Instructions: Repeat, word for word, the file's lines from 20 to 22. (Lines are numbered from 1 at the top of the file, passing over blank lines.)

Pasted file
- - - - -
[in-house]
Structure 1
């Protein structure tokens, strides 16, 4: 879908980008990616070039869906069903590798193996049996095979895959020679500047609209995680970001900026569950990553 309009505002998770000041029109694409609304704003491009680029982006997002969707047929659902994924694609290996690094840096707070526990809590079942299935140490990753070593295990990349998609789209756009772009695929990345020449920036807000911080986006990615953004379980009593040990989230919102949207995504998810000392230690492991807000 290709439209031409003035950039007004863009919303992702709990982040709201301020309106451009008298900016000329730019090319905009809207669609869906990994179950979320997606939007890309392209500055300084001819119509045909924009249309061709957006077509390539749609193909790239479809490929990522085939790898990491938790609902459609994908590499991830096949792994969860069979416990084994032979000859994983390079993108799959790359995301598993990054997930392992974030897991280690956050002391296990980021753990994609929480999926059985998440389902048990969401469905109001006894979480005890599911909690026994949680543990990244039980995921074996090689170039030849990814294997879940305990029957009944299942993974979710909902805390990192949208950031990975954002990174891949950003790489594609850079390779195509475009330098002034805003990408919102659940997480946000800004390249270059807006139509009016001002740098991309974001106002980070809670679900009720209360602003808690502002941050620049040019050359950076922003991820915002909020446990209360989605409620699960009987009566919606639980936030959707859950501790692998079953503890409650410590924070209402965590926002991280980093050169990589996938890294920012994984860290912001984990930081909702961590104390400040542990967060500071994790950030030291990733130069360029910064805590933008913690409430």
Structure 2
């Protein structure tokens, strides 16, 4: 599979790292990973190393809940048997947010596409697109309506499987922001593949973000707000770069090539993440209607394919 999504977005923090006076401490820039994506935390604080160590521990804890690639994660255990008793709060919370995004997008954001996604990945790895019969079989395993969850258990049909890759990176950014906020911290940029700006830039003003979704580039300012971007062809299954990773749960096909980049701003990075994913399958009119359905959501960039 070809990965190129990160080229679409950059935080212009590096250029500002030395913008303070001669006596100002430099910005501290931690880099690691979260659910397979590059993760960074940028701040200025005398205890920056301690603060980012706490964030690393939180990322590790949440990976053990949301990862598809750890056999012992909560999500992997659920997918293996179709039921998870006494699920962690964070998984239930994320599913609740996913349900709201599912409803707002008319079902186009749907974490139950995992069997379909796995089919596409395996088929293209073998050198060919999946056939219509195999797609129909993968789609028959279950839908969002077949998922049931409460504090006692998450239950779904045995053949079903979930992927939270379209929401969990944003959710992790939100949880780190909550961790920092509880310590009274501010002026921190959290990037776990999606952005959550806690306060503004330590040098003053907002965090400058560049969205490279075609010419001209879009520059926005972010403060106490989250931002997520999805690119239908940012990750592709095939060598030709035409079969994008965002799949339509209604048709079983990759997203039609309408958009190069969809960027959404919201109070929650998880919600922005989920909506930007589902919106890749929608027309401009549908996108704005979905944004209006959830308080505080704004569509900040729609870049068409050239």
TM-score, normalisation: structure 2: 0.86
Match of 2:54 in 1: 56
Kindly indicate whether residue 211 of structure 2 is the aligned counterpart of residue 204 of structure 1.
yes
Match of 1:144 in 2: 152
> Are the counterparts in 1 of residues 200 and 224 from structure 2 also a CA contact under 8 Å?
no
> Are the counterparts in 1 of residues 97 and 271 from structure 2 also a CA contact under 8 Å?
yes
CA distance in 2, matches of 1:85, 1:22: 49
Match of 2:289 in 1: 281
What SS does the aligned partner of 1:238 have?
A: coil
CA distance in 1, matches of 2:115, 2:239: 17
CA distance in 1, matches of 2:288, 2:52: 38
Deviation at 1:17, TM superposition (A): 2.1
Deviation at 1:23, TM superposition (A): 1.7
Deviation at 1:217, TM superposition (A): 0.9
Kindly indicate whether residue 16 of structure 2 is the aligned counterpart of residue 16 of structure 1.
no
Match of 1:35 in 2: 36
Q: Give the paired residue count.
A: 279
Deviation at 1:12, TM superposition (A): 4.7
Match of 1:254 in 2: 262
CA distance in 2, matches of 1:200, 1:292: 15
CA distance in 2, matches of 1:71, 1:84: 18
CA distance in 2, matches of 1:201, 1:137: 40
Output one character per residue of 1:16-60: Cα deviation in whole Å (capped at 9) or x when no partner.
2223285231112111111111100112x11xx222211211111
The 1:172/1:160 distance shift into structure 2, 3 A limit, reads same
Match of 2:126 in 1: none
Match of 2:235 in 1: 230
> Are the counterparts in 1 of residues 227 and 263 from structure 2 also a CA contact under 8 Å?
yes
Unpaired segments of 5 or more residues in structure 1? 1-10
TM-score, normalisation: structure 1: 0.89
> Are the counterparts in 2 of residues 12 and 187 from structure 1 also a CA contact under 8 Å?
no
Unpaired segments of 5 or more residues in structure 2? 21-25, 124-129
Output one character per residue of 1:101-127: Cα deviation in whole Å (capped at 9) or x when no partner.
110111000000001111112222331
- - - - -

CA distance in 1, matches of 2:288, 2:52: 38
Deviation at 1:17, TM superposition (A): 2.1
Deviation at 1:23, TM superposition (A): 1.7